11 March 2009

Property Marketing Balls Pt.4



[This article originally appeared in the December 2008 issue of ExBerliner Magazine.]

A big old city like Berlin can only be described as a mythological place: a place where myths are born. It shouldn’t come as any great surprise: get enough people to live on a swamp for three quarters of a millennium and you’re bound to end up with a story or two. The complex web of circumstances which make up a place’s history, its fabric, seems to build up in layers and layers of meaning, until the city itself begins to resemble a gigantic semantic compost heap. New things keep on being added to the top of the pile, making it difficult to know what was there before.

Currently adding to this semantic compost heap are property developers promoting new inner-city housing projects with names like Marthashof, Choriner Höfe, Palais KolleBelle or Fellini Residences.

Common to all of these developments is a marketing campaign in which each property is assertively branded not just as a mere home, but as the physical manifestation of a pre-defined life-style. A brand is nothing if it is not filled with a promise, put into context, boasts a set of values, or has a snappy name. All of these things need to be fabricated, usually at the cost of authenticity and empathy for location.

Take the Fellini Residences, who claim on their website to be in the heart of Berlin’s Italian quarter. Berlin has no Italian quarter and never did. The property will be located on the border between Mitte and Kreuzberg where the Berlin Wall once stood, a fact conspicuously absent from the Residences’ promotional material. It’s in a neighborhood which offers little in the way of excitement – unless you were to include the Federal Printers or a nearby retirement home. So to compensate, the Residences have sought a more flattering context. What they have found is the Gendarmenmarkt, a 17th Century square adjacent to Friedrichstraße’s luxury shopping mile, which is a “7 minutes’ walk away”. By suggesting that the square represents Berlin’s architectural debt to Italy, an attempt is made to justify the Residences’ historicised Italian pastiche façade. The idea is laughable: the Schauspielhaus, Schinkel’s 1821 theater building at the center of Gendarmenmarkt, is a textbook example of Greek Revivalism. The Residences are about a fetishisation of “Italianyness”, bolstered by a blend of vague impressions and romantic clichés, and hammered home by the choice of name. Owners are asked to buy into a sanitised essence of Italy, right in the middle of Berlin.

In some ways, Palais KolleBelle in Prenzaluer Berg, is closely related to the Fellini Residences since they share both architect, and the cringingly pretentious need to elicit feelings of otherness, in this case “Frenchyness”. KolleBelle is a ham-fisted contraction of Belforter and Kollwitz Straße, but hilariously also appears to combine the Latin for “beautiful” (“bellus”), with the Greek for “arse” (“kolos”).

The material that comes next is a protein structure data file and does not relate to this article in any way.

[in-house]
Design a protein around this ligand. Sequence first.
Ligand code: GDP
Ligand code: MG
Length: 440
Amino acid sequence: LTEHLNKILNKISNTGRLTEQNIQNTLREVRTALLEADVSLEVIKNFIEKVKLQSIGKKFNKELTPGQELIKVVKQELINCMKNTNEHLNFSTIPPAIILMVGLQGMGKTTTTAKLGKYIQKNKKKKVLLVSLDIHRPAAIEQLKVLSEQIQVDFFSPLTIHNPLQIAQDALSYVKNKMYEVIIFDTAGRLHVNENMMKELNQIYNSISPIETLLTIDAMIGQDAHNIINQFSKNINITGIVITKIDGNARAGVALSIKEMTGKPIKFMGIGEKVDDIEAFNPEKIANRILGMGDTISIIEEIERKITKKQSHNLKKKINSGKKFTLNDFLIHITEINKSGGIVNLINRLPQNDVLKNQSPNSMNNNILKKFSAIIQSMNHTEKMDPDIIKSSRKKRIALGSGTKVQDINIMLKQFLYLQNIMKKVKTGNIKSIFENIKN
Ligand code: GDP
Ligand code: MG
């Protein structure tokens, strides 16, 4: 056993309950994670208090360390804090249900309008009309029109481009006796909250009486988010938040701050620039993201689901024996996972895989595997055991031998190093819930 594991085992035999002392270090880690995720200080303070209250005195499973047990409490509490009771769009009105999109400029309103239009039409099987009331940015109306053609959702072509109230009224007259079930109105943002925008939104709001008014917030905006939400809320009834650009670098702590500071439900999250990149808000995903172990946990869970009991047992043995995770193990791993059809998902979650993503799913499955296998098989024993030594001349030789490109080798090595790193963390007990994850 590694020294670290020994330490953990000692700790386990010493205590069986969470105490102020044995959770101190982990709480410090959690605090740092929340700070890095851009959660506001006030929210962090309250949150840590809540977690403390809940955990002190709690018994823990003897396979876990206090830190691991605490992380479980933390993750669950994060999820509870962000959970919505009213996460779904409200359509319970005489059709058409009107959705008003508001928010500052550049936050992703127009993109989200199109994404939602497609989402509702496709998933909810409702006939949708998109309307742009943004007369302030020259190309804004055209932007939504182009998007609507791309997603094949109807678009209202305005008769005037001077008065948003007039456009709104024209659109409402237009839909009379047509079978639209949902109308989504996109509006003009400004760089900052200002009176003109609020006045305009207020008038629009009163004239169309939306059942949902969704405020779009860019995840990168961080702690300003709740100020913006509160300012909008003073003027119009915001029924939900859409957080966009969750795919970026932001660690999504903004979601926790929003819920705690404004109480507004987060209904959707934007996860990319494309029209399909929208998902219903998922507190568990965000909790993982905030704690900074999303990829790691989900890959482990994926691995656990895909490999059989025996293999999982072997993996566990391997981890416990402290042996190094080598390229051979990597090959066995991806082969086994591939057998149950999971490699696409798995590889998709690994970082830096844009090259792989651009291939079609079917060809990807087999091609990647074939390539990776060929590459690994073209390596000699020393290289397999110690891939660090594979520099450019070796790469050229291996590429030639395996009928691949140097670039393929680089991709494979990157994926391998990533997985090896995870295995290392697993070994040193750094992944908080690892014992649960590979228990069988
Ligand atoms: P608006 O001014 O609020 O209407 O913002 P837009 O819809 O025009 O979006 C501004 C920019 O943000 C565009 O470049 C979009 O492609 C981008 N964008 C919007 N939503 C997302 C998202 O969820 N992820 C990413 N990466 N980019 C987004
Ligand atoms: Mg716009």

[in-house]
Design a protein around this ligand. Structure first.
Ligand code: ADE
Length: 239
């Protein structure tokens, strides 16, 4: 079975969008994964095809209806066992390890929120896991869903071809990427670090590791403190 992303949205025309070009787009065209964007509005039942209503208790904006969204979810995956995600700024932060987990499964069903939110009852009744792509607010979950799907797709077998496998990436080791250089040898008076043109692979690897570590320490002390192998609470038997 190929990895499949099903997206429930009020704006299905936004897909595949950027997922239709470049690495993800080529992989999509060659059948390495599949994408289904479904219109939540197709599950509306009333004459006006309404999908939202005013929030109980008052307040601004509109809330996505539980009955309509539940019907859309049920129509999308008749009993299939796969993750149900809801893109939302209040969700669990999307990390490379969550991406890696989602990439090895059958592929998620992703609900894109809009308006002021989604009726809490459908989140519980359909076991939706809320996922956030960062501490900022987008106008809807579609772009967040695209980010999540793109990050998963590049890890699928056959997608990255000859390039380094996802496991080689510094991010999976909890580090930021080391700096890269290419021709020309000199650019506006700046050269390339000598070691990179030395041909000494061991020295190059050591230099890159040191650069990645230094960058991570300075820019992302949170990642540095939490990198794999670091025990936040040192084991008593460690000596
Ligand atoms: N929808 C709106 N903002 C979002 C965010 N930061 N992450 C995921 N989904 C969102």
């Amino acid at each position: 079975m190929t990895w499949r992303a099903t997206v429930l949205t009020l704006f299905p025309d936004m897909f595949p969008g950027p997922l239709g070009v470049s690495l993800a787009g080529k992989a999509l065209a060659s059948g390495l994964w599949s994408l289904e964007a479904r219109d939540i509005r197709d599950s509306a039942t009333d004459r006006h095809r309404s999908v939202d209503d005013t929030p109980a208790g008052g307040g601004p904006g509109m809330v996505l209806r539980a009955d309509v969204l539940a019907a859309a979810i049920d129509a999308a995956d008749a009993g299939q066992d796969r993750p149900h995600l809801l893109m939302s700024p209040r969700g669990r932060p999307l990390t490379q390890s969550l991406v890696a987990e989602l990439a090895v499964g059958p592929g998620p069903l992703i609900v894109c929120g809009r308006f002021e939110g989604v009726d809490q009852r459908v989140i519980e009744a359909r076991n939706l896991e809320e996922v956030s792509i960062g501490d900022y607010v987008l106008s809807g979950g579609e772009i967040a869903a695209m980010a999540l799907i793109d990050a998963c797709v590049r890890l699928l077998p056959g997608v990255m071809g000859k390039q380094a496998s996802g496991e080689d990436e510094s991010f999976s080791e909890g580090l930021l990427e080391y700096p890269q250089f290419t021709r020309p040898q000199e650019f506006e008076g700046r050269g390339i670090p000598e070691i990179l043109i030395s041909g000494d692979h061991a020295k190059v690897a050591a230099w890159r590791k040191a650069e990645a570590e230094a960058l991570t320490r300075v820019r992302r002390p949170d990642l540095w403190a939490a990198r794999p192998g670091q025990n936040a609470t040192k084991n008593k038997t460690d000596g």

By way of Paris, KolleBelle touches lightly on the district’s aging reputation as being a seedbed for artists and bohemian idealists, and indirectly acknowledges the old comparrison of Prenzlauer Berg with Montmartre. But it quickly looses interest in local history and opts instead for a string of fanciful self-titilating statements: “The flair that made Paris into a legend in the 1920s – it lives on here,” and “everything here is ‘trés chic’”. So chic that this one-time worker’s district has become a defiantly bourgeois enclave. The KolleBelle website describes an idyllic parallel universe, where life is one long breakfast spent in a leisurely street café.

Not so for future residents of Mitte’s Choriner Höfe whose entire life has already been planned by for them. According to their website, the Höfe are a “hot spot for people who have made the decision to lead a self-determined life”, but contradictorily goes on to confirm that buyers are people who want to “make brands” and “be there when it happens”. In April this year, the site even stated that future homeowners “will work and produce on balconies” while listening to the Kaiserchiefs, the Beatsteaks or Bloc Party on their iPods”. It’s a sinister day indeed when you realise that you are little more than an accessory for your apartment.

Meanwhile, Marthashof in Prenzlauer Berg is busy styling itself as a kind of wellness resort for wealthy folk who want to live in the city and the countryside simultaneously. For half a million Euros you can buy the illusion, but I expect that rearing chickens on your 6th floor penthouse terrace won’t exactly be encouraged.

In a city as grubbily dynamic as Berlin – broke and scandalised, but restless and improvisational – it’s oddly compelling to observe how groups of developers have tried to reduce the city down to a palatable set of easily digested ideas and images, regardless of legitimacy. In doing so they’ve added a further layer to the semantic compost heap of Berlin, and will one day themselves be covered by more layers of meaning. Maybe that’s the point of living in a city: it’s all things for all people, simultaneously. But most of all it’s a big stinky pile of fertilizer, covered in growth.